|New England's O'Connor focuses on Gloves title
by Steve Vedder | The Grand Rapids Press
Friday May 09, 2008, 2:30 AM
New England's Daniel O'Connor throws a punch at Knoxville's Charles Watson during their
National Golden Gloves light welterweight quarterfinal bout Thursday at DeVos Place.
GRAND RAPIDS -- At the moment, Daniel O'Connor's face may be more well-known for
finding its way into a national magazine than his boxing exploits. But in two days that could
radically change. The 22-year-old light welterweight from Framingham, Mass., said he's
been stopped countless times this week during the National Golden Gloves Tournament of
Champions at DeVos Place by fans who've seen him in Sports Illustrated's popular "Faces
in the Crowd." It's the recent May 5 issue with the Chicago Cubs' Kosuke Fukudome on the
cover. O'Connor, who made tonight's semifinals with Thursday's decision over Charles
Watson of Knoxville, said while that attention is flattering, he'd rather be known for what he
can accomplish with two more wins: securing a national title after two near-misses. "People
have told me they open Sports Illustrated and say, 'Hey, you're in there,'" he said. "To be
noticed for anything is good and I'm thankful for my position. But I want to leave this
tournament as a Golden Gloves national champion. That's all I want." A title would further
an already impressive resume for O'Connor, who lost in the national semifinals two years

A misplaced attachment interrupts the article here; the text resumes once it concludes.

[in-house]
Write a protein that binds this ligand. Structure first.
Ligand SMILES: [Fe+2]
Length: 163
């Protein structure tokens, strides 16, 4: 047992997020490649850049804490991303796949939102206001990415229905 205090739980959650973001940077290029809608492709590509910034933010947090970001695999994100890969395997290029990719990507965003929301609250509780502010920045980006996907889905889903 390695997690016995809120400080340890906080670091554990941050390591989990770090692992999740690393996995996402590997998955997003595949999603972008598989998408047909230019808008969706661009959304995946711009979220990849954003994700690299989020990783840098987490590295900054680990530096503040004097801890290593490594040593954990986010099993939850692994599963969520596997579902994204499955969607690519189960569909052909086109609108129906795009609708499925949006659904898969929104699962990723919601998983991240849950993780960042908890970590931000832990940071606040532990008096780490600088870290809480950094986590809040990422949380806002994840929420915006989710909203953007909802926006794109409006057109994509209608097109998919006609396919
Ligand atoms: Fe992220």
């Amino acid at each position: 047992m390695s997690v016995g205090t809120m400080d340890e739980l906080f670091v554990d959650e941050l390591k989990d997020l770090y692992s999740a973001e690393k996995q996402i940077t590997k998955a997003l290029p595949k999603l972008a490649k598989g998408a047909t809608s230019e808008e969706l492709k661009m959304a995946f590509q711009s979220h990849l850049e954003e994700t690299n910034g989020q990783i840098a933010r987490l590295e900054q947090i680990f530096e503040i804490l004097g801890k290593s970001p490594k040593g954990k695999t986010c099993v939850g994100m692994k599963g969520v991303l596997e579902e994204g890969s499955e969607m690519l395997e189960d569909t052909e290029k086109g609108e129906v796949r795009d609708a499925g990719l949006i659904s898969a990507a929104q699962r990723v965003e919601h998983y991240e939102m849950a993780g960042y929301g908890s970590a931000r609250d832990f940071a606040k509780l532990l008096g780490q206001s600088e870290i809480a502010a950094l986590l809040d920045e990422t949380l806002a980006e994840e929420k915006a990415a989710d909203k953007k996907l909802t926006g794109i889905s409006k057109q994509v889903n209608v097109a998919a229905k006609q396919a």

ago and the quarterfinals last year. O'Connor was named the most outstanding wrestler in
winning the U.S. Championships in March where he won five bouts in six days by a
combined 64-22 score. He's also an alternate on the U.S. Olympic team and probably will
be ranked second nationally in the next USA Boxing rankings behind Olympian and training
partner Javier Molina. He's part of an impressive New England club that has four boxers in
the semifinals. O'Connor said the experience of the past two Golden Gloves nationals won't
necessarily be an advantage over tonight's opponent, Jeff Strum of Kansas/Oklahoma, who
defeated Michigan's Johnny Garcia on Thursday. "My confidence comes from my work ethic
and training," he said. "I feel real good, like I'm getting stronger and stronger. My confidence
is high, but I have to prepare well. "You can't take anyone lightly -- you have to be ready.
But I have confidence in myself, I have a plan and I'm going to stick to it." In a highly
anticipated quarterfinal, Tor Hamer of Geneva, N.Y., avenged the only loss of his career by
decisioning Lenroy Thompson of St. Pierce, Fla., in a super heavyweight quarterfinal.
Thompson beat Hamer on a tiebreaker in a U.S. Championship final in March. Hamer said
the difference between that loss and Thursday's win that sends into the semifinals is simple.
"I was pretty aggressive this time from the beginning. The one I lost I was not," he said.
"He's a great opponent. He's very intelligent and he moves well. He can generate power
from awkward angles. I wanted to make him come forward and fight."